The Montanian (Choteau, Mont.) 1890-1901, November 06, 1891, Image 2

What is this?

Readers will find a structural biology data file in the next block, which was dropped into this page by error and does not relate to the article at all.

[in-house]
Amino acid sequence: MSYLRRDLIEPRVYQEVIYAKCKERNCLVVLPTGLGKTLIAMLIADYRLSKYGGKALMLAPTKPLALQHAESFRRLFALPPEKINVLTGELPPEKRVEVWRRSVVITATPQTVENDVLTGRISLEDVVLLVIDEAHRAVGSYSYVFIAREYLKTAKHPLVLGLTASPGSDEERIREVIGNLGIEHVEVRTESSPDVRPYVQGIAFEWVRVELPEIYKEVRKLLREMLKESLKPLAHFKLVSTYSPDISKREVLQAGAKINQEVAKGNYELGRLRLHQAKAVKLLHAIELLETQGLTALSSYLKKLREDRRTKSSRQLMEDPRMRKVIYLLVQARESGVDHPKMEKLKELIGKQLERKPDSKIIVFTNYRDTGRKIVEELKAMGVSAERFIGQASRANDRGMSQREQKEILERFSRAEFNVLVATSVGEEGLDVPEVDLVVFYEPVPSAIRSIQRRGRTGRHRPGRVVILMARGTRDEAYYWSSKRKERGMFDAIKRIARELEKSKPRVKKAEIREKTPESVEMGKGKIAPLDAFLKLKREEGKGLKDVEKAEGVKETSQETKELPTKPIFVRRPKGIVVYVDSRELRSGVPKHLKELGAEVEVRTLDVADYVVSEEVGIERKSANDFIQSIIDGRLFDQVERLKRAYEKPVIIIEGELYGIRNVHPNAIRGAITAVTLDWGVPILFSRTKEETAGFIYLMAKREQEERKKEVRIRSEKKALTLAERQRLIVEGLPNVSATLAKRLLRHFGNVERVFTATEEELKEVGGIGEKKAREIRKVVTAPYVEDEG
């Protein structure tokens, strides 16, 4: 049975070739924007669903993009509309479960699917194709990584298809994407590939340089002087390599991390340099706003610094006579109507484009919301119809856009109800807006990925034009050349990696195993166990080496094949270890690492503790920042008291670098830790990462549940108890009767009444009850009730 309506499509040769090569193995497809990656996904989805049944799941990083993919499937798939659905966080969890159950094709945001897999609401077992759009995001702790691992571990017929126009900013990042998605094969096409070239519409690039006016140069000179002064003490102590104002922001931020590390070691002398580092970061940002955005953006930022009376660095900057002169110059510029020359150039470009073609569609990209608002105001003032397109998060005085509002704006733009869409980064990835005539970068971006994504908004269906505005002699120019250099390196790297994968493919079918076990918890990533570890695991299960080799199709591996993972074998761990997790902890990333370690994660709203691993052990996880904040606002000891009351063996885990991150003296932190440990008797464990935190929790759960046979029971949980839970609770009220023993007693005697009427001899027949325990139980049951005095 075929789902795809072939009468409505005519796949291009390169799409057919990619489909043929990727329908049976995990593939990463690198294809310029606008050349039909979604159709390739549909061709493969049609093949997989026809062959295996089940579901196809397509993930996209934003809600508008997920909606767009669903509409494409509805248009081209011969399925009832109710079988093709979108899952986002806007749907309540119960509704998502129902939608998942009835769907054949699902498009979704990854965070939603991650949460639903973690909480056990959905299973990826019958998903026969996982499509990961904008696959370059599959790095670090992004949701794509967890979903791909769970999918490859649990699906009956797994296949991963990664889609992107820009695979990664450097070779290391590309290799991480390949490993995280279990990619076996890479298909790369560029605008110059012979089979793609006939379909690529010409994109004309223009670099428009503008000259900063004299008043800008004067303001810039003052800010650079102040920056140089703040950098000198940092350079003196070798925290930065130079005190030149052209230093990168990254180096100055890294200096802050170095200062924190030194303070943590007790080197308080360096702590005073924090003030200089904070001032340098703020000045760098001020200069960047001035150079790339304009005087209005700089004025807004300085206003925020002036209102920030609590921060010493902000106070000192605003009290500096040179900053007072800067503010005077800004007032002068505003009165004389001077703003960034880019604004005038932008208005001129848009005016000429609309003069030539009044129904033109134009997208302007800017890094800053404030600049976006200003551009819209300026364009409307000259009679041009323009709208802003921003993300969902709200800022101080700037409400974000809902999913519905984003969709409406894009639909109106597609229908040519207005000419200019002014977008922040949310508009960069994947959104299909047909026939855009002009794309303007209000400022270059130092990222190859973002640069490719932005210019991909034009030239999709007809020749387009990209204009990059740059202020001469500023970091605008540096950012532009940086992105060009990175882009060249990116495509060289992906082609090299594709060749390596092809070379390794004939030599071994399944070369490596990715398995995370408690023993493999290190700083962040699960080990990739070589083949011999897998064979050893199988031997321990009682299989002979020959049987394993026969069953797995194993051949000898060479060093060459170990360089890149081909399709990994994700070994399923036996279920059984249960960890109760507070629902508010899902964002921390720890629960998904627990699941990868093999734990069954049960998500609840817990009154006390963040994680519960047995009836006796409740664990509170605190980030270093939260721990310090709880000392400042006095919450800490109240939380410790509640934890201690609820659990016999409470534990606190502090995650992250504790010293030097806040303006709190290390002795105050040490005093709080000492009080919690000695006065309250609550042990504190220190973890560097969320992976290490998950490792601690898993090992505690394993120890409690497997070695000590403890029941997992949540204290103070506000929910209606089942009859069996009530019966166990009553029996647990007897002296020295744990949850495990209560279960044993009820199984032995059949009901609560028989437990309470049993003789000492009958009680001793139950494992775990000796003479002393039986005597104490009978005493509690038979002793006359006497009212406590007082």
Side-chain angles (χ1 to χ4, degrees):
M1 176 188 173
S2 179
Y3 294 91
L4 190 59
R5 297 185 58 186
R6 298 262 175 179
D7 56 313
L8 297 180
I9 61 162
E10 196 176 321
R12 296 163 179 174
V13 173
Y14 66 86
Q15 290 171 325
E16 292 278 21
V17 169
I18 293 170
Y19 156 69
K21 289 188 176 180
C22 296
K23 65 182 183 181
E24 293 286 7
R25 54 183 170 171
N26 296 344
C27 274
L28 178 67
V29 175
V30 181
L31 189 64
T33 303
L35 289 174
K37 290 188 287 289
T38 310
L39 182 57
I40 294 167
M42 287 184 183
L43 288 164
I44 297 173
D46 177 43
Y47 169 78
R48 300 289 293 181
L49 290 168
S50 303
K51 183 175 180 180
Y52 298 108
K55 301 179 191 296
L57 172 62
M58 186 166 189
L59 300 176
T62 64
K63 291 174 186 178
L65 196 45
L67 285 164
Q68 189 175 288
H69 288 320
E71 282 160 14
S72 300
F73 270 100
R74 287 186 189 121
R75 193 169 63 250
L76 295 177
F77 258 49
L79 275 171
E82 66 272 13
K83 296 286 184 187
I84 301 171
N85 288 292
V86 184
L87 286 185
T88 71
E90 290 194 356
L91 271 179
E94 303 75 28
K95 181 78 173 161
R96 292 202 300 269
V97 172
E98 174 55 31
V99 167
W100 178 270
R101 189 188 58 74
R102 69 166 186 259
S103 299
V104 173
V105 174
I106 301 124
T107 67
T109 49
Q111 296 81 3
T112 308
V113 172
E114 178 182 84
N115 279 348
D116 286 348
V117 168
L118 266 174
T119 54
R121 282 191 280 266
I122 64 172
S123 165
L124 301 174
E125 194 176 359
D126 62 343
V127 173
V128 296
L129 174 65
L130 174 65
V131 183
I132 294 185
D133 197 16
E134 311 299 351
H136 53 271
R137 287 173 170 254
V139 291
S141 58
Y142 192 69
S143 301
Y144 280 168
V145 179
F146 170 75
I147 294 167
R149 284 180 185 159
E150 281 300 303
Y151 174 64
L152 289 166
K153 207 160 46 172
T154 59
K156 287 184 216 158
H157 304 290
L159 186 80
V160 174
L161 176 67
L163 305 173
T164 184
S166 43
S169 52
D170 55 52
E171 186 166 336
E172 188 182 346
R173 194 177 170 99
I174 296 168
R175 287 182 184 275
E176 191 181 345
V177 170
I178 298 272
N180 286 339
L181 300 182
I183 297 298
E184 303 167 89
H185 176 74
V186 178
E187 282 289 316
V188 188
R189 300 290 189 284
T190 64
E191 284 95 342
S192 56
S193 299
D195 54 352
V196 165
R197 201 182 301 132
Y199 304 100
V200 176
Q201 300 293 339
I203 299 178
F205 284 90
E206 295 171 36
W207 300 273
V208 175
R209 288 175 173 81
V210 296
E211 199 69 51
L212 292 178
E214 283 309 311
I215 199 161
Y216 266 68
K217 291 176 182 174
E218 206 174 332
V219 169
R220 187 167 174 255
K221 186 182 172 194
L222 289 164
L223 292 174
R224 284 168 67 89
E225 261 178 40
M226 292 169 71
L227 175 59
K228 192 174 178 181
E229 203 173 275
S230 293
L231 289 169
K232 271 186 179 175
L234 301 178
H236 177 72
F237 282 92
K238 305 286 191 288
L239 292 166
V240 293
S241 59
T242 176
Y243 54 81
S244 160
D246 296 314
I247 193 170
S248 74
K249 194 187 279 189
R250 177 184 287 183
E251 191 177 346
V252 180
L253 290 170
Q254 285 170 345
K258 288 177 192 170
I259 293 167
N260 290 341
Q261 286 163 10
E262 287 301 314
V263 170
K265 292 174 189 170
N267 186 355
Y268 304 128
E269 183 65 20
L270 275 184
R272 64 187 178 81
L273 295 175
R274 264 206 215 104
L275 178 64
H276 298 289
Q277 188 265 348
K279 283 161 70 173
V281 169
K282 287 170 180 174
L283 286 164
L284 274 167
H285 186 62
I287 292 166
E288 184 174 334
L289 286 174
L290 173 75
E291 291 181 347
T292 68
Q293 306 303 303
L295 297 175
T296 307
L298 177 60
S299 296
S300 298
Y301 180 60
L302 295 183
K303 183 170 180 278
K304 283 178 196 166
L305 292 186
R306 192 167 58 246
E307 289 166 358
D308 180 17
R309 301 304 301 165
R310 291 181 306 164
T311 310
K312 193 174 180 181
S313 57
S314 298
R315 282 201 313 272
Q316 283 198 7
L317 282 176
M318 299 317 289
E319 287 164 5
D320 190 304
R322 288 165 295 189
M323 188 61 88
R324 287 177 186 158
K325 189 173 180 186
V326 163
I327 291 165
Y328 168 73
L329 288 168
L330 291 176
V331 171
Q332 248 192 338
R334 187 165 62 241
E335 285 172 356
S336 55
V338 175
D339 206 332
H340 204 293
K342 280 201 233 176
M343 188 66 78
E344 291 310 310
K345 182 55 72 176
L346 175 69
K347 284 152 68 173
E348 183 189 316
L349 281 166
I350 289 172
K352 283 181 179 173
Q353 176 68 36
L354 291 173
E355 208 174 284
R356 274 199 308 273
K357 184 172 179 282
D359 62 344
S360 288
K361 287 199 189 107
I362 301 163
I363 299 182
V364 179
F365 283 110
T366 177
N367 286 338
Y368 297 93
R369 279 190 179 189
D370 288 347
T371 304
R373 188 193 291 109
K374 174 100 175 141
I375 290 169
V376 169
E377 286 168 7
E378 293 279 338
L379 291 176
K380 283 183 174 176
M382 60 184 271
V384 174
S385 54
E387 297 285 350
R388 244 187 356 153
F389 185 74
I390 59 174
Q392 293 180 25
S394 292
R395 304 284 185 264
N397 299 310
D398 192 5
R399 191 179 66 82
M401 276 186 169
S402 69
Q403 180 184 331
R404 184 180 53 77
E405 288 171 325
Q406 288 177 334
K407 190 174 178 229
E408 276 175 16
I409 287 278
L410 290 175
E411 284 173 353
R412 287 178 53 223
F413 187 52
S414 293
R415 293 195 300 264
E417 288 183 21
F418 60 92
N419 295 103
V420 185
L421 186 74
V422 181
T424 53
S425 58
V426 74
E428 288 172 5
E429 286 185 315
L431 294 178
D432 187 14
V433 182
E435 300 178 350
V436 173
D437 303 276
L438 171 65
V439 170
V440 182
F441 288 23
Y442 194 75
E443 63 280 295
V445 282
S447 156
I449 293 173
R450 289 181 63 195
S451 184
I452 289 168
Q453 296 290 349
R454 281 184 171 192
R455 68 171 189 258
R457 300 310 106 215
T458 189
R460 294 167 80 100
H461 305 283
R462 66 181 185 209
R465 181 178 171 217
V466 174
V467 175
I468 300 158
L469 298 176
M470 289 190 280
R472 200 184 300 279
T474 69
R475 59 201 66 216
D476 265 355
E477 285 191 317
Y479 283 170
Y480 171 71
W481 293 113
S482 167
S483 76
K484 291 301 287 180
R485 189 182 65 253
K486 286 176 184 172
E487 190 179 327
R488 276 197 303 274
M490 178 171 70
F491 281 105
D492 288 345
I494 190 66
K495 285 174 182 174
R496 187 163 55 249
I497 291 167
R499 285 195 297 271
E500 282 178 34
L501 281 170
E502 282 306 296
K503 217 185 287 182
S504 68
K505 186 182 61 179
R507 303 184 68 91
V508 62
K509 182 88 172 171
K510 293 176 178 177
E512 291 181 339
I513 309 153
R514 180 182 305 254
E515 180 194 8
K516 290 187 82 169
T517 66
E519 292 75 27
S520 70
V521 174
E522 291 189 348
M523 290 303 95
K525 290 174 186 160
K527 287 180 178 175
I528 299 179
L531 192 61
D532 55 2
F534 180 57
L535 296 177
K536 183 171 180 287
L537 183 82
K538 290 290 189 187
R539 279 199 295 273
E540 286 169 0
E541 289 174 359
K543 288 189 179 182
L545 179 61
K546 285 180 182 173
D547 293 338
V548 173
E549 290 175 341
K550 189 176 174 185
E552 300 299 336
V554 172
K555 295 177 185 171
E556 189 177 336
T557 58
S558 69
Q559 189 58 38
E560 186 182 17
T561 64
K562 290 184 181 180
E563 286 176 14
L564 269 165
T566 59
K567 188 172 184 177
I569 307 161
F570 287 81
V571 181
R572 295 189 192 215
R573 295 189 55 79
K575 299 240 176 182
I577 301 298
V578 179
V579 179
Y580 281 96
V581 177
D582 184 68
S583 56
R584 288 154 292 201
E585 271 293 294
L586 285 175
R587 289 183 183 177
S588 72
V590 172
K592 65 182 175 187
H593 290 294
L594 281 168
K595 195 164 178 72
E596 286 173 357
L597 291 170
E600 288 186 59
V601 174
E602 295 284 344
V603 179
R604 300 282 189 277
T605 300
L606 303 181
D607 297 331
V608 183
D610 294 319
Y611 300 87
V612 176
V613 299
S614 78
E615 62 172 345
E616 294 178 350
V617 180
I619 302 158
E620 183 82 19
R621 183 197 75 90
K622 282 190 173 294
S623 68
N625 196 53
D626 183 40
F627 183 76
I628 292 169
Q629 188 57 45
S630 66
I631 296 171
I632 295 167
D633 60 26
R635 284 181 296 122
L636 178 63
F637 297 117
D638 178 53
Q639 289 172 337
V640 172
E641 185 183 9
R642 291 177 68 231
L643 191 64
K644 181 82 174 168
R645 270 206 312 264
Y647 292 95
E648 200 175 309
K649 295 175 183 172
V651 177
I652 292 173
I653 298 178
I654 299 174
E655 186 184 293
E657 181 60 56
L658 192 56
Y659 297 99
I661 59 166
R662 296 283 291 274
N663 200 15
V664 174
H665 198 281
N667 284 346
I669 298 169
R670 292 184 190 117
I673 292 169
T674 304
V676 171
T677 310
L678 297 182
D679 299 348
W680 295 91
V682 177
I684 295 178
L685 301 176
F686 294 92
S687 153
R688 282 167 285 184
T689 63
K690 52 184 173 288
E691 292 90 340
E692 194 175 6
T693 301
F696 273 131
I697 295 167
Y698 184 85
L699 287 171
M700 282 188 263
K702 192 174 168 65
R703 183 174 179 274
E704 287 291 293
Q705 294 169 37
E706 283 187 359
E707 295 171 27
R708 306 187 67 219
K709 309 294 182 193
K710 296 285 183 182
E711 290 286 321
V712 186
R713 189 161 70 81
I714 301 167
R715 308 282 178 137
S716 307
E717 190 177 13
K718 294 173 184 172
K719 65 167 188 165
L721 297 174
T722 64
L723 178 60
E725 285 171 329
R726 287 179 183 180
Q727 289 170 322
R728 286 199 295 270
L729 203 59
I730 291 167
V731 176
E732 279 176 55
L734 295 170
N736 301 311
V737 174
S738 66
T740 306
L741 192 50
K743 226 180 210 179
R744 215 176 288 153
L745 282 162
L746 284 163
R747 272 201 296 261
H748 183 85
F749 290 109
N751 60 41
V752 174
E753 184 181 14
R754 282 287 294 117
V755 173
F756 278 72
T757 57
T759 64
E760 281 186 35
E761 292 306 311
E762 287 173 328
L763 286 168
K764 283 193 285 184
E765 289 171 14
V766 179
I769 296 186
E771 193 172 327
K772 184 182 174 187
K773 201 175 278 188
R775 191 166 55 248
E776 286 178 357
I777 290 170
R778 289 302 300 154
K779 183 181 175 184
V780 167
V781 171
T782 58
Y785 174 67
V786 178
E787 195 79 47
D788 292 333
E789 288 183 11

Optical character recognition (OCR) is an automated process that converts a digital image containing numbers and letters into computer-readable numbers and letters. The search engine used on this web site searches OCR-generated text for the word or phrase you are looking for. Please note that OCR is not 100 percent accurate. If the original image is blurry, has extraneous marks, or contains ornate font styles or very small text, the OCR process will produce nonsense characters, extraneous spaces, and other errors, such as those you may see on this page. In addition, the OCR process cannot interpret images and may ignore them or render them as strings of nonsense characters. Despite these drawbacks, OCR remains a powerful tool for making newspaper pages accessible by searching.